Reversing Churn Rate Through Direct Mail Marketing


Quecan Distribution is a wholesale, import, and export business which has been in operation for over 15 years. The crux of its clientele are convenience stores in Montreal and the surrounding region to which it supplies tobacco products, beverages, food items, and general merchandise.


Quecan noticed a client churn over several years, the reasons for which were not apparent. Upon inspection, prices were competitive, product selection was diverse, customer service was above average, and hours of operation were excellent. None of these factors accounted for an increase in attrition.

I analyzed client behaviour in the convenience industry along with Quecan’s customer database and discovered some crucial insights.

  1. The convenience stores to which Quecan supplied goods were majority Chinese-owned. With few exceptions, the owners would operate the stores for several years, sell it to a friend or family member, take an extended vacation in the Mainland, come back, and buy a store.
  2. During this transfer, former owners would bring new owners to Quecan and introduce them to the managers. They would open new accounts and receive the same services and prices as the former owners, ensuring a smooth transition
  3. On many occasions, however, former owners would not bring in new owners. In the process, churn rate started increasing.

Recommendation and Methodology

Based on the client behavior and our database analysis, and competitor research, I made a recommendation to implement a direct mail marketing campaign that would see promotional flyers sent to addresses corresponding to stores. We opted for snail mail instead of email for two reasons – first, that most customers did not provide email addresses since they preferred not to be emailed; and second, that direct mail is 21% easier to understand, produces 70% higher brand recall, and has a 20% higher response rate (see: Smartmail Marketing).

For this project to be successful, we went through the process of ensuring that addresses and phone numbers within the database were valid and error-free. With some rare exceptions, most convenience stores remained at the same address. Some however, converted into laundromats or cafés. These names were filtered out.

The second step was to ensure that only those accounts which had not been active for the past year would be kept, the remaining address filtered out.

I developed a process that was simple to understand, implement, and replicate. The workflow was set out, management buy-in was achieved, and a publishing partnership was set up.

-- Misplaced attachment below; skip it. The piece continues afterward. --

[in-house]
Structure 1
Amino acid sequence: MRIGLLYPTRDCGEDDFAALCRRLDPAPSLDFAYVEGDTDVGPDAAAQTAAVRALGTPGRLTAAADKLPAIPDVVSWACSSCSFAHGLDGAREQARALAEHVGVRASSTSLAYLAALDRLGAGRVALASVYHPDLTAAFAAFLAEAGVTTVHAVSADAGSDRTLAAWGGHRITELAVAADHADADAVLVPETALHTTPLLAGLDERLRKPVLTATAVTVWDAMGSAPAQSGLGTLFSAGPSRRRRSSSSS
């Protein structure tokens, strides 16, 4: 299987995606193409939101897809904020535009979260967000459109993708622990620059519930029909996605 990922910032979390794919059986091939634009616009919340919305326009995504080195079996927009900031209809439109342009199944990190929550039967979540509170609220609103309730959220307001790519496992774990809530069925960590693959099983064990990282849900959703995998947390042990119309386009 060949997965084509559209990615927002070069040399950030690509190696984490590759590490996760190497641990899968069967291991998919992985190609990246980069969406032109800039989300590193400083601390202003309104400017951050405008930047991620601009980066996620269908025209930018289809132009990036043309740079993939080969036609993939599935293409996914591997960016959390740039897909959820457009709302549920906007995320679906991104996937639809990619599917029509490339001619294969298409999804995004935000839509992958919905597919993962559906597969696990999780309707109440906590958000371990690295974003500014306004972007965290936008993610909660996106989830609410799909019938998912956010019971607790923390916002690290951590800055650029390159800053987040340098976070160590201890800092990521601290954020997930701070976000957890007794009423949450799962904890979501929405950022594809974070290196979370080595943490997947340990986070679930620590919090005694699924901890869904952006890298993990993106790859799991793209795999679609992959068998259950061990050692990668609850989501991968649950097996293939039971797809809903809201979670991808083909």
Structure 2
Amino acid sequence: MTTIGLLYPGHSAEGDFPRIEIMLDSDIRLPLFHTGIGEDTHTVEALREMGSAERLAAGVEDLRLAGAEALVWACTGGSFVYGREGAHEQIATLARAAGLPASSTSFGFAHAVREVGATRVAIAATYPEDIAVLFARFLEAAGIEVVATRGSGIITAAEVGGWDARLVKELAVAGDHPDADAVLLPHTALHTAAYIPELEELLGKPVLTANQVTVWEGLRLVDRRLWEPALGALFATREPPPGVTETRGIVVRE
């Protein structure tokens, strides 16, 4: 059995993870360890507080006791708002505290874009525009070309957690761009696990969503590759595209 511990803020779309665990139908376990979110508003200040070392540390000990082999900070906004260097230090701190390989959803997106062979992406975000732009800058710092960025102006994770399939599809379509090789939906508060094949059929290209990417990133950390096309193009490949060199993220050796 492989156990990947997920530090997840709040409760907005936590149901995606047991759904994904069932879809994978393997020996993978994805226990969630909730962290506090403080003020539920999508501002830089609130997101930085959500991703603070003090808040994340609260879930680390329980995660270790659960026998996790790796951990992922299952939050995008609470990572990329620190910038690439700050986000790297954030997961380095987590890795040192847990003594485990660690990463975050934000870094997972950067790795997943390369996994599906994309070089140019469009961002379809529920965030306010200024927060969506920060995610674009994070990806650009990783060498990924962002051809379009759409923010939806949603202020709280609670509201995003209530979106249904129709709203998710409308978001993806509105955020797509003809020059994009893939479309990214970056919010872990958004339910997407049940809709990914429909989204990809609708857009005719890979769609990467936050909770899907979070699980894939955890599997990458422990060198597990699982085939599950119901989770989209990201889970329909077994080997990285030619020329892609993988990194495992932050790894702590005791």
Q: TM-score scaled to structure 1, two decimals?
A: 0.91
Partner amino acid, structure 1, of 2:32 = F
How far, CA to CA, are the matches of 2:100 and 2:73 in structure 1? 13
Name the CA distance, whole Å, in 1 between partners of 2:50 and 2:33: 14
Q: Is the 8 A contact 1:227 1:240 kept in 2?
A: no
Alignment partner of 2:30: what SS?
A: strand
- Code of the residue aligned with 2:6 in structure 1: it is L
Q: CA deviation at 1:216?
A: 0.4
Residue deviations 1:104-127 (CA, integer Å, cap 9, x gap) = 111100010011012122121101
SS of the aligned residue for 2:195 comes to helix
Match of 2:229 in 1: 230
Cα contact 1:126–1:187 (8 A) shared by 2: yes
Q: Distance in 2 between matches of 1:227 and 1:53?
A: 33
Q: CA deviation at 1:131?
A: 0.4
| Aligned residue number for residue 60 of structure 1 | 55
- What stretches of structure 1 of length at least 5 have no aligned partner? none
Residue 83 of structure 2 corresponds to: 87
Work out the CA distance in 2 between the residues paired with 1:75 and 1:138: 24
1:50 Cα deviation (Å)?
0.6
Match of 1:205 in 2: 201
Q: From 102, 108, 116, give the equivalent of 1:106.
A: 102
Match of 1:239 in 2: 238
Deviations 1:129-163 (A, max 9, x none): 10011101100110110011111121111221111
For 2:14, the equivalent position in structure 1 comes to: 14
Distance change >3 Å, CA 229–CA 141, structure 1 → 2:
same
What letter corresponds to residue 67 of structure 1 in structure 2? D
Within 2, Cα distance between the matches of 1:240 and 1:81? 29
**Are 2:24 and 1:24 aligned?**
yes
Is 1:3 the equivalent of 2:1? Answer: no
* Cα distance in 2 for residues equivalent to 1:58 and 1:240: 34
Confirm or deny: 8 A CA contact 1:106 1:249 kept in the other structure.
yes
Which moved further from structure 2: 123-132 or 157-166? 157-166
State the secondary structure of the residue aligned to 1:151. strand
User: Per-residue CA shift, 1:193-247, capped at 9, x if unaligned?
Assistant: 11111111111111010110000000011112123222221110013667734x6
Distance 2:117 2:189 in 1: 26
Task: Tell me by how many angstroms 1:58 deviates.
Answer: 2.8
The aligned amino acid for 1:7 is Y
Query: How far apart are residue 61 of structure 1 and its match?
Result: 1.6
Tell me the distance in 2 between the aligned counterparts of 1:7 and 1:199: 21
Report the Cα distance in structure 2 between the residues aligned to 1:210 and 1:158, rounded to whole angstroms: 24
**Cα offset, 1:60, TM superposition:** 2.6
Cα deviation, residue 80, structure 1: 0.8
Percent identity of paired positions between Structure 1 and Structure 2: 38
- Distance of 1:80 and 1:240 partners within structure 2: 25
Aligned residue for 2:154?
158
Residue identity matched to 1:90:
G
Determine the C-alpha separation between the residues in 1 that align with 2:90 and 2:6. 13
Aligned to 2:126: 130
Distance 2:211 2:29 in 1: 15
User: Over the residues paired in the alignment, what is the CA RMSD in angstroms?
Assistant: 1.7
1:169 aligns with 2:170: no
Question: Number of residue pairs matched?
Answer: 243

When opening new accounts, all employees were instructed to ask about customers where they heard from us. If they said that they received a flyer, we would know the strategy was working. If we already had their address on the file, we knew it was a lapsed customer.


In April 2016, the direct mail marketing will complete its first full year. Many new  customers began walking into the store and have now become permanent clients. Without exception, each client has said something to the tune of, “We never knew you existed,” “We always went to Costco but you have so many things they don’t have,” and “your prices are better than Club Entrepot!”

An unexpected result was that several vendors wanted their products on the flyer because our 2000+ store distribution meant untapped marketing potential. In return, they would offer a promo discount which funds over one quarter of the costs of printing and distribution. In order to strengthen vendor relations, I developed design nuances that would answer the “what’s in it for me” question. Vendors who contribute, for example, would get guaranteed first page position, first slot position, or double slots for their products, something that non-participating vendors would not receive.

The optics are also remarkable. Quecan is viewed as a professionally managed, family run business. Brand recognition is improving every month, and customers in the double digits have been opening accounts after having received the flyer at least 10 times. This demonstrates that it takes time to reversed churn rate and gain new clients, but habits can eventually be changed. The cost of 10 flyers per customer was covered by their first purchase.

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